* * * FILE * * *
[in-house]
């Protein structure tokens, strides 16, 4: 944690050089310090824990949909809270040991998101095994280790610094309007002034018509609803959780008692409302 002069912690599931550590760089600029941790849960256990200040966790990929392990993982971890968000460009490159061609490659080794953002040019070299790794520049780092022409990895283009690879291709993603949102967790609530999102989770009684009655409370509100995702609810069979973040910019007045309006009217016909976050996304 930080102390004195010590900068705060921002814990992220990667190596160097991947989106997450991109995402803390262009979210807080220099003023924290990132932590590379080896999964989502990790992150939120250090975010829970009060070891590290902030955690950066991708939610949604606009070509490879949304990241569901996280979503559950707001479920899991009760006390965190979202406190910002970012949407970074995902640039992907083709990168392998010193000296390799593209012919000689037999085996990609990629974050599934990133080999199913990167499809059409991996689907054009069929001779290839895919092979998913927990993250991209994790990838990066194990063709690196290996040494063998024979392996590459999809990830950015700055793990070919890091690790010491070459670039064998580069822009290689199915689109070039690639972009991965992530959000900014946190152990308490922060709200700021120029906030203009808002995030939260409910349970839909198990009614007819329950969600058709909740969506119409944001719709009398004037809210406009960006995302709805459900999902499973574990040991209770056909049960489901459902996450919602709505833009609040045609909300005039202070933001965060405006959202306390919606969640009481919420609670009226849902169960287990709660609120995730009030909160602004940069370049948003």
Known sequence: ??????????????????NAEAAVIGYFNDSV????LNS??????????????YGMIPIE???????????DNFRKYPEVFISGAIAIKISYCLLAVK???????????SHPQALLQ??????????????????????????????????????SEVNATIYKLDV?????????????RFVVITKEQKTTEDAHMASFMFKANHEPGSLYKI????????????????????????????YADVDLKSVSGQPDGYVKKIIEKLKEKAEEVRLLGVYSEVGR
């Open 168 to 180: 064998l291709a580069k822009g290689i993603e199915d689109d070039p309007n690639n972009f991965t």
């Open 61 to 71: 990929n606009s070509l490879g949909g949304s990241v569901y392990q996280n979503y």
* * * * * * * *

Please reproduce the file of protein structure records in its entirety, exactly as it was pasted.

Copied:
[in-house]
């Protein structure tokens, strides 16, 4: 944690050089310090824990949909809270040991998101095994280790610094309007002034018509609803959780008692409302 002069912690599931550590760089600029941790849960256990200040966790990929392990993982971890968000460009490159061609490659080794953002040019070299790794520049780092022409990895283009690879291709993603949102967790609530999102989770009684009655409370509100995702609810069979973040910019007045309006009217016909976050996304 930080102390004195010590900068705060921002814990992220990667190596160097991947989106997450991109995402803390262009979210807080220099003023924290990132932590590379080896999964989502990790992150939120250090975010829970009060070891590290902030955690950066991708939610949604606009070509490879949304990241569901996280979503559950707001479920899991009760006390965190979202406190910002970012949407970074995902640039992907083709990168392998010193000296390799593209012919000689037999085996990609990629974050599934990133080999199913990167499809059409991996689907054009069929001779290839895919092979998913927990993250991209994790990838990066194990063709690196290996040494063998024979392996590459999809990830950015700055793990070919890091690790010491070459670039064998580069822009290689199915689109070039690639972009991965992530959000900014946190152990308490922060709200700021120029906030203009808002995030939260409910349970839909198990009614007819329950969600058709909740969506119409944001719709009398004037809210406009960006995302709805459900999902499973574990040991209770056909049960489901459902996450919602709505833009609040045609909300005039202070933001965060405006959202306390919606969640009481919420609670009226849902169960287990709660609120995730009030909160602004940069370049948003």
Known sequence: ??????????????????NAEAAVIGYFNDSV????LNS??????????????YGMIPIE???????????DNFRKYPEVFISGAIAIKISYCLLAVK???????????SHPQALLQ??????????????????????????????????????SEVNATIYKLDV?????????????RFVVITKEQKTTEDAHMASFMFKANHEPGSLYKI????????????????????????????YADVDLKSVSGQPDGYVKKIIEKLKEKAEEVRLLGVYSEVGR
């Open 168 to 180: 064998l291709a580069k822009g290689i993603e199915d689109d070039p309007n690639n972009f991965t």
């Open 61 to 71: 990929n606009s070509l490879g949909g949304s990241v569901y392990q996280n979503y």